Most relapses following treatment for diffuse large B-cell lymphoma are detected by abnormalities on physical exam, lab tests, and symptoms—not by routine imaging, according to a study presented at the ASCO Annual Meeting.1 In fact, in a prospective study assessing post-treatment outcomes of patients on surveillance, only 1.5% of relapses were detected in asymptomatic patients by planned scans.
“Our results were surprising, because the current standard of care is to include scans for the follow-up of [diffuse large B-cell lymphoma]. We found that scans detected relapse in only a handful of patients who didn’t have any of those other signs and symptoms. We are getting closer to understanding how to optimize follow-up in this patient population,” said lead author Carrie A. Thompson, MD, a hematologist at the Mayo Clinic in Rochester, Minnesota.
“Scans expose patients to radiation, and that theoretically increases the risk of a second cancer. Surveillance scans can also increase patient anxiety and lead to unnecessary biopsies. While our study found that the majority of relapses are not detected by routine scans, the decision of whether to obtain surveillance scans and how often should be individually tailored to patient characteristics,” she commented.
Diffuse large B-cell lymphoma is the most common type of non-Hodgkin lymphoma, with about 20,000 new cases diagnosed each year in the United States. The disease is potentially curable with chemotherapy, but relapses occur in about 20% to 30% of patients who are in remission after initial treatment.
The optimal surveillance strategy is unclear. Current guidelines recommend routine computed tomography (CT) scans every 6 months for 2 years after treatment is finished, and thereafter, as clinically indicated. Patients also undergo physical exams and blood tests during follow-up.
The study sought to identify how relapses in diffuse large B-cell lymphoma were detected. From a cohort of 644 patients with newly diagnosed diffuse large B-cell lymphoma treated with anthracycline-based immunochemotherapy, 537 patients were judged to be in remission after initial treatment and entered post-treatment surveillance. The study was part of a multi-institutional study called University of Iowa/Mayo Clinic Special Program of Research Excellence Molecular Epidemiology Resource.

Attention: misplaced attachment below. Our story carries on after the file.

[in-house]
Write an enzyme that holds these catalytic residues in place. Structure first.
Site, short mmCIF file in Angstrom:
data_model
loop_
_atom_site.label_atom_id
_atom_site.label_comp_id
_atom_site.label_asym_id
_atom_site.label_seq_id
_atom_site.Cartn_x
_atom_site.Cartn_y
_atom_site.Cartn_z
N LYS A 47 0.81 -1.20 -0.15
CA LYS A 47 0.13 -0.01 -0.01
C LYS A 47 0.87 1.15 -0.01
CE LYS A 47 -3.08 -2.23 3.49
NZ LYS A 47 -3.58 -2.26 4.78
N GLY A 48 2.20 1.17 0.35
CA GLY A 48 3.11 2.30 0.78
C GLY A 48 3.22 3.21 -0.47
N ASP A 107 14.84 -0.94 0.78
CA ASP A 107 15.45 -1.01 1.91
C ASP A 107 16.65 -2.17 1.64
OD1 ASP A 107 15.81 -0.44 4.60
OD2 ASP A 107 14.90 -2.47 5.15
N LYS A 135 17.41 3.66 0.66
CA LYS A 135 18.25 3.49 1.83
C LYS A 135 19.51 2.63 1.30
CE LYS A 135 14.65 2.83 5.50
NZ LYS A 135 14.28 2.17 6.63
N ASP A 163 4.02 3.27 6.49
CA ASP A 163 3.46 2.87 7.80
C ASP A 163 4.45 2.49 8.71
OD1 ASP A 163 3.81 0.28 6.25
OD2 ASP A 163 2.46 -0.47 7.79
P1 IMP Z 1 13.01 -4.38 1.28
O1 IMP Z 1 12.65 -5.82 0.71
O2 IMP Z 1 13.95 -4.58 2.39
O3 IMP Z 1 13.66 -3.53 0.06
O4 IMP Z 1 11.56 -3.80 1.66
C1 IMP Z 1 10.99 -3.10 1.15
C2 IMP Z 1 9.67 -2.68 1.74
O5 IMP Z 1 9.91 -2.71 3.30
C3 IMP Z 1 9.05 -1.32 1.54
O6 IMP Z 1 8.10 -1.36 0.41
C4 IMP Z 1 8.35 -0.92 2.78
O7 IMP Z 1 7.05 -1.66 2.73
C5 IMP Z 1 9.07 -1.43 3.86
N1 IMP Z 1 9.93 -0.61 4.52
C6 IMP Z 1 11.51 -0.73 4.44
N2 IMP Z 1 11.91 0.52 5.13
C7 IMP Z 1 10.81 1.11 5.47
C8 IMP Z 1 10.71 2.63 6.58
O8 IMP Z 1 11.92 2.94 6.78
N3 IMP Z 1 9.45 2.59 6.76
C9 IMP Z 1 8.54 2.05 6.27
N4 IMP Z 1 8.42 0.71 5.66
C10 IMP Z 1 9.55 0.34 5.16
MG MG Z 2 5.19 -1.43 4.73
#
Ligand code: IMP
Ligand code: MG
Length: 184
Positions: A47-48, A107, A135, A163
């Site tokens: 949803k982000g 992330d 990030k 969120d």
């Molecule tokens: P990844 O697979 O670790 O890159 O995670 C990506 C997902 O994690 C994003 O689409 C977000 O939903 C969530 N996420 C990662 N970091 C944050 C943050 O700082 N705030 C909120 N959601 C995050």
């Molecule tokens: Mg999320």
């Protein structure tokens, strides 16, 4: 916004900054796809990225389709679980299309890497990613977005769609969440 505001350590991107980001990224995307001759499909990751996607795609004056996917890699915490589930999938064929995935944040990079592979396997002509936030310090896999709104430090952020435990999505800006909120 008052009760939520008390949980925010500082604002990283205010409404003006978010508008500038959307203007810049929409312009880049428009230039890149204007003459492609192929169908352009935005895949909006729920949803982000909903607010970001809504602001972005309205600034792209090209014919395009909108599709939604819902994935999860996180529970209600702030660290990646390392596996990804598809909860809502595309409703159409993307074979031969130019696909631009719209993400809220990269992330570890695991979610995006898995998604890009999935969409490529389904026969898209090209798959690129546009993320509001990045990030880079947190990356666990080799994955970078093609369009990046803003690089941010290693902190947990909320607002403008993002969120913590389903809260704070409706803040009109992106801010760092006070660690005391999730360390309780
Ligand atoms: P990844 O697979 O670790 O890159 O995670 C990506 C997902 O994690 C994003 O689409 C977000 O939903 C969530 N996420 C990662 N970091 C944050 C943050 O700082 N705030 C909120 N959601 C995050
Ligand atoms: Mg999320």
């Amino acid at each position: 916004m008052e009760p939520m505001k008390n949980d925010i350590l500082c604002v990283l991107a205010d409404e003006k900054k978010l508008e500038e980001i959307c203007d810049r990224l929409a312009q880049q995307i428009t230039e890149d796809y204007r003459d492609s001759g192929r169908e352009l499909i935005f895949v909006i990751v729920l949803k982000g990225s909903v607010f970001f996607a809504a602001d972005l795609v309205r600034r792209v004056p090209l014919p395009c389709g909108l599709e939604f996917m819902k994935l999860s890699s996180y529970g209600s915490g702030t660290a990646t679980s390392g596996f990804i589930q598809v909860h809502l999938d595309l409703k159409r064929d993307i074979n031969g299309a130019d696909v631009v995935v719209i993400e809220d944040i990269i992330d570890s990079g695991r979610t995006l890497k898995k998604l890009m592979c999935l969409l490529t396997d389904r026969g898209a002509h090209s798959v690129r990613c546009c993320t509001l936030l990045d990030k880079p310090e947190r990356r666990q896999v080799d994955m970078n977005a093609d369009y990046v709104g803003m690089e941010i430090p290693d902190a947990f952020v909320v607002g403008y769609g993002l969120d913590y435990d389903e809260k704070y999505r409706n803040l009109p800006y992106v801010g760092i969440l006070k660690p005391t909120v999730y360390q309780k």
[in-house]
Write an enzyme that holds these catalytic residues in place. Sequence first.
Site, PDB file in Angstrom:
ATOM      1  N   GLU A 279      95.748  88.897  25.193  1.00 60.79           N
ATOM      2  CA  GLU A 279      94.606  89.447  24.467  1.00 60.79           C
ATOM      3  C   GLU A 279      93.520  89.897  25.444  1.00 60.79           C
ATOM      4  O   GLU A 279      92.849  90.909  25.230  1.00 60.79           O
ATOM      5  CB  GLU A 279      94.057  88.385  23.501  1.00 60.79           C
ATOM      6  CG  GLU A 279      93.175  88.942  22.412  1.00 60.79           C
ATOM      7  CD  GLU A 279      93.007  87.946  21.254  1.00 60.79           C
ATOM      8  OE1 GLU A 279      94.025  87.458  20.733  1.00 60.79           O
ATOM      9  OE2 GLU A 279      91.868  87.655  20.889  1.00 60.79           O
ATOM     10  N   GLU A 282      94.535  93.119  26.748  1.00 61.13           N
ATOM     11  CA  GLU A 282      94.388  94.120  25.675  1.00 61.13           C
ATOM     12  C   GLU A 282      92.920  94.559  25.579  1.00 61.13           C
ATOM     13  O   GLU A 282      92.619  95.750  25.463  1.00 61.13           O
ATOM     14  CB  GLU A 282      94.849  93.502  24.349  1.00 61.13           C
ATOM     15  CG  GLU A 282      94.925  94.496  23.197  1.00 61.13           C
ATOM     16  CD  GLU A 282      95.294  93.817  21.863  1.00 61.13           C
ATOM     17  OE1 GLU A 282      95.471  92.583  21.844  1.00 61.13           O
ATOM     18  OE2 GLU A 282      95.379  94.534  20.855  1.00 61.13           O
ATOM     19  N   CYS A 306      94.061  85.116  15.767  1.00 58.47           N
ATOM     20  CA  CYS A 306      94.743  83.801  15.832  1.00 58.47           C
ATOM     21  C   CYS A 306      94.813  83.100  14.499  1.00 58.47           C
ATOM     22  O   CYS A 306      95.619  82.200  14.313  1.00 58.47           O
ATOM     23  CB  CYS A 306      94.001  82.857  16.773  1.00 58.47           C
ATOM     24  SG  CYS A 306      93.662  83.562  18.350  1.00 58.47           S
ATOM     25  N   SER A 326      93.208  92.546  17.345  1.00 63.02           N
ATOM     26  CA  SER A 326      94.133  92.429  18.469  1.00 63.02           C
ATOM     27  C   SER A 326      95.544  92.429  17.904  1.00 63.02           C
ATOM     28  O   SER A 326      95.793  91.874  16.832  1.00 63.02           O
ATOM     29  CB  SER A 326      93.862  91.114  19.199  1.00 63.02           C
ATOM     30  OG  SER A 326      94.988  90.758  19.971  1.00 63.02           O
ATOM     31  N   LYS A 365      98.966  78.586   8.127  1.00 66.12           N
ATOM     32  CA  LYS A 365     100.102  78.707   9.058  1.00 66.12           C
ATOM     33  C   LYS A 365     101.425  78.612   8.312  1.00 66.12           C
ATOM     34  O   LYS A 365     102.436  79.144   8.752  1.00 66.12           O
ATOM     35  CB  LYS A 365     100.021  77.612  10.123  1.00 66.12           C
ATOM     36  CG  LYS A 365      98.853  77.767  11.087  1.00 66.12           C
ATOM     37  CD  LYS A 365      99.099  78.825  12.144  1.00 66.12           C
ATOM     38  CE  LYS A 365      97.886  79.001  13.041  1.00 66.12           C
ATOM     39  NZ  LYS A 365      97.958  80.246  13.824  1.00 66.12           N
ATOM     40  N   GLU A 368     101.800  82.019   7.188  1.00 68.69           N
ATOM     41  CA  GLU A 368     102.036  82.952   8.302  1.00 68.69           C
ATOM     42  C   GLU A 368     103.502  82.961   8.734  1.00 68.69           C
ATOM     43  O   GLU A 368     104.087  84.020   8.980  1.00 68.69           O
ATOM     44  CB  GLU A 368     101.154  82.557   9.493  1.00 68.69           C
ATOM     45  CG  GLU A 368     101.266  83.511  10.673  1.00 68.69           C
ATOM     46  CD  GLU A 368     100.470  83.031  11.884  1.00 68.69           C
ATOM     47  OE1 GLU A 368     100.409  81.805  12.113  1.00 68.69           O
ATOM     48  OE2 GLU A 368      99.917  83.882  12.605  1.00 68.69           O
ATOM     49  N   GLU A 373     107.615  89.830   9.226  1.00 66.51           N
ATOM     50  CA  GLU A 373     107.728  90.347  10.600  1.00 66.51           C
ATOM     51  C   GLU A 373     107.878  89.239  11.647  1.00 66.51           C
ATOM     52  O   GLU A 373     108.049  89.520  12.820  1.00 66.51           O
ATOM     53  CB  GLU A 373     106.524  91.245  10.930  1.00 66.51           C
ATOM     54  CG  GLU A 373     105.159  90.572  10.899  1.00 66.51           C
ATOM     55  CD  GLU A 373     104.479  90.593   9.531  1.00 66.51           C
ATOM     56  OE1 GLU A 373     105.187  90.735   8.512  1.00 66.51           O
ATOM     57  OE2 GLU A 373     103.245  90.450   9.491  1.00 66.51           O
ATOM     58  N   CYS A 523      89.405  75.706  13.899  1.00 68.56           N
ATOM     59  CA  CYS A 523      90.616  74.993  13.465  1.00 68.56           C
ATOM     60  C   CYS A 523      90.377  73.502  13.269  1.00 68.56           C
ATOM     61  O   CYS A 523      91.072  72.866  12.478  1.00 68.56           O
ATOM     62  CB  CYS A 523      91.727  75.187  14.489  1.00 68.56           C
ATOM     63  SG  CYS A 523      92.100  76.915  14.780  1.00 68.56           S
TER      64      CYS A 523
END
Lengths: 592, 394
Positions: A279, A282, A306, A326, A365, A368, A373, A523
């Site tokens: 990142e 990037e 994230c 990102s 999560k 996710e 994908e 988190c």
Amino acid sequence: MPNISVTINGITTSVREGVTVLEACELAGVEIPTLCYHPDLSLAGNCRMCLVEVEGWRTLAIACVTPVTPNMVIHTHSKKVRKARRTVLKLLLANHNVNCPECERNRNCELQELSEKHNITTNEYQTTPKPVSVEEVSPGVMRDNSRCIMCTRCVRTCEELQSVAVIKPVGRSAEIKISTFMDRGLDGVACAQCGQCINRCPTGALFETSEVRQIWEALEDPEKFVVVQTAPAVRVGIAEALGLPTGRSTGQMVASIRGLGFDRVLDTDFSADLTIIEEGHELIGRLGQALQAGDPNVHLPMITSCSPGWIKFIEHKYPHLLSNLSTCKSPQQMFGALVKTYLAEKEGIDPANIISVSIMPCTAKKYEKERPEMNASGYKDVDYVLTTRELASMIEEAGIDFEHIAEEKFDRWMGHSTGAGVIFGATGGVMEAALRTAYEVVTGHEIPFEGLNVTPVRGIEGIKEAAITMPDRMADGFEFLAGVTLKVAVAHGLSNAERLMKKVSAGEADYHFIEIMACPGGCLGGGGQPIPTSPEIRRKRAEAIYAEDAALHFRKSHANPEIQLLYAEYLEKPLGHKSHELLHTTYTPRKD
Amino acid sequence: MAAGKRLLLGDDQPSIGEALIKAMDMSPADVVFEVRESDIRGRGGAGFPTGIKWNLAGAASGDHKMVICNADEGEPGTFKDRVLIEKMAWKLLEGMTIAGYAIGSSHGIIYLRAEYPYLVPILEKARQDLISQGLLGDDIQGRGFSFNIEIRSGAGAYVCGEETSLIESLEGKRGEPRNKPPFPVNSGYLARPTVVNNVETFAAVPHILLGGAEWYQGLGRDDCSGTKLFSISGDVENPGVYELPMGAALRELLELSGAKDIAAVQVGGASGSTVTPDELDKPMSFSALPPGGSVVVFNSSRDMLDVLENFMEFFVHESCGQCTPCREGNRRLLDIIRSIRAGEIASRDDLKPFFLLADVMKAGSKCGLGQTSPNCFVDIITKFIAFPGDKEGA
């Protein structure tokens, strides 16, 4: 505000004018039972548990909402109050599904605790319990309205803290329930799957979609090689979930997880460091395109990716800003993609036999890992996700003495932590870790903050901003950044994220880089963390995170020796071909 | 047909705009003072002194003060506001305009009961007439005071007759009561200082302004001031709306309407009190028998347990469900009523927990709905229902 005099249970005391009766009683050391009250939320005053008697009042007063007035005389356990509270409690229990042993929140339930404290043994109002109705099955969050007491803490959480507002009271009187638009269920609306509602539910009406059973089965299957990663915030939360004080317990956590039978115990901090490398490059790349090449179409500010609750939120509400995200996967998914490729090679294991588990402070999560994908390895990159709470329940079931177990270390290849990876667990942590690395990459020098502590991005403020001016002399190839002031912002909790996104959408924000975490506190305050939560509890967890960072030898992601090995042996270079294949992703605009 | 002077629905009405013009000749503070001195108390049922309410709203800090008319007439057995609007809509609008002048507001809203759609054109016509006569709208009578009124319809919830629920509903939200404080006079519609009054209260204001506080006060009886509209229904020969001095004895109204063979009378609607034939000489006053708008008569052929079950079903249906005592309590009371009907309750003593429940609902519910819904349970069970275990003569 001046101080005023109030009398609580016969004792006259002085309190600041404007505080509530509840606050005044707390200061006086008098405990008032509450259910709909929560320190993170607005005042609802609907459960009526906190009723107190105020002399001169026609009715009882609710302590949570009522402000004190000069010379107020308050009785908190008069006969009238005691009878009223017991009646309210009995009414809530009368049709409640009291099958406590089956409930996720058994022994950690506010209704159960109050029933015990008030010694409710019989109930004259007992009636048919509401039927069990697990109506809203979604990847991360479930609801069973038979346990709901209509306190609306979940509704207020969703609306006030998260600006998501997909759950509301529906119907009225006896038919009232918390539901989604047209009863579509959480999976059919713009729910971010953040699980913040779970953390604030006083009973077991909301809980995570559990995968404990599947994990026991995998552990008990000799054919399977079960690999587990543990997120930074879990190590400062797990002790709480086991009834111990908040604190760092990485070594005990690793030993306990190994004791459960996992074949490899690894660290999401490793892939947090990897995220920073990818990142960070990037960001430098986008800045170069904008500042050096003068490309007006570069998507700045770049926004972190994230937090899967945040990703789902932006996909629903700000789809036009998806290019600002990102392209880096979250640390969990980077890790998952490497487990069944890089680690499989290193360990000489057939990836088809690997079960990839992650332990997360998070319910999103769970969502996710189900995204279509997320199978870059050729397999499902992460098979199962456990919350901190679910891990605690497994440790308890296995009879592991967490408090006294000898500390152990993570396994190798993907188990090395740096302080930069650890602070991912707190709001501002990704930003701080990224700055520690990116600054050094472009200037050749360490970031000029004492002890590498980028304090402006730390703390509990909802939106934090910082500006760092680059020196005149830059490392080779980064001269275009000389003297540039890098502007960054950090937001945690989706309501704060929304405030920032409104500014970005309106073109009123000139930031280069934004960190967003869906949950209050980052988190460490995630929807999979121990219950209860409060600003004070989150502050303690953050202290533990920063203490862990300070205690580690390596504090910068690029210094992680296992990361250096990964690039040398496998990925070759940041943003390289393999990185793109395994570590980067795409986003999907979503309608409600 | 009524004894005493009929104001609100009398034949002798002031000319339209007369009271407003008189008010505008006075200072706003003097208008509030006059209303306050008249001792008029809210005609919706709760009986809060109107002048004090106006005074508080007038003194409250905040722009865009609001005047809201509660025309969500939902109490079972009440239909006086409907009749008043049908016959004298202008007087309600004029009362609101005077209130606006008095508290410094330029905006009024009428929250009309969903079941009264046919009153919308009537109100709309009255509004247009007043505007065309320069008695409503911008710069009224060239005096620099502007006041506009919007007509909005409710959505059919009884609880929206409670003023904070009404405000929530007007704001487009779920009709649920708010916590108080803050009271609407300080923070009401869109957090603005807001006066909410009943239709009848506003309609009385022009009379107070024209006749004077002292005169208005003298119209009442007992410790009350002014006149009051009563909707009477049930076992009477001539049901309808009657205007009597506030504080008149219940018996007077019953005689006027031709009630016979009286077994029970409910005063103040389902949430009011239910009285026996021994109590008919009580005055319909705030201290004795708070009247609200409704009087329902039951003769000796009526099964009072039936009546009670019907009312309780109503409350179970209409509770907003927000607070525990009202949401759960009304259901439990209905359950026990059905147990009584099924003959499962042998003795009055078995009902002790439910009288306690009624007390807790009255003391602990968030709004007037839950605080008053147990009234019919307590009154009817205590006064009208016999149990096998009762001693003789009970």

Median age was 63 years (range, 18–92 years). Management was at the discretion of the treating hematologist/oncologist. Patients were followed for events that included relapse, retreatment, and death. Events were verified by medical records.
Of the 537 patients, 109 relapsed (20%) and 41 died of unrelated causes. About 42% of relapses occurred within the first 12 months following diagnosis, 27% between 12 and 24 months, and 31% after 24 months.
Among the 109 patients who relapsed, 62% consulted their physician at an unplanned visit because they were experiencing symptoms that included enlarged lymph nodes, fever, night sweats, pain, or weight loss. At relapse, 68% had symptoms, 42% had an abnormal physical exam, and 55% had an abnormal blood test. Surveillance CT scans detected relapse in eight patients (1.5%) who were asymptomatic.
“The majority of relapses occur outside of planned follow-up visits and are accompanied by symptoms or abnormalities in physical exam or lab tests. This is important in decision-making,” Dr. Thompson emphasized.
“The optimal way to follow patients with [diffuse large B-cell lymphoma] has been unclear,” said Clifford A. Hudis, MD, ASCO President-Elect, speaking at an official ASCO press briefing before the Annual Meeting. “This large study shows that the vast majority of recurrences are not detected by CT scans, and this is consistent with some other cancers. Physicians should discuss these findings with patients. These data will help physicians develop guidelines for patients in remission from [diffuse large B-cell lymphoma] and spare costs, exposure to radiation therapy, and the impact of false-positive findings.” ■
Disclosure: Drs. Thompson and Hudis reported no potential conflicts of interest.
1. Thompson CA, Maurer MJ, Ghesquieres H, et al: Utility of post-therapy surveillance scans in DLBCL. ASCO Annual Meeting. Abstract 8504. Presented June 1, 2013.
In a separate interview, Andrew D. Zelenetz, MD, PhD, Chief of the Lymphoma Service at Memorial Sloan-Kettering Cancer Center in New York, said that he found the relapse rate of 20% observed in this study to be quite low, and he wanted to know the characteristics of the 537 patients included in the ...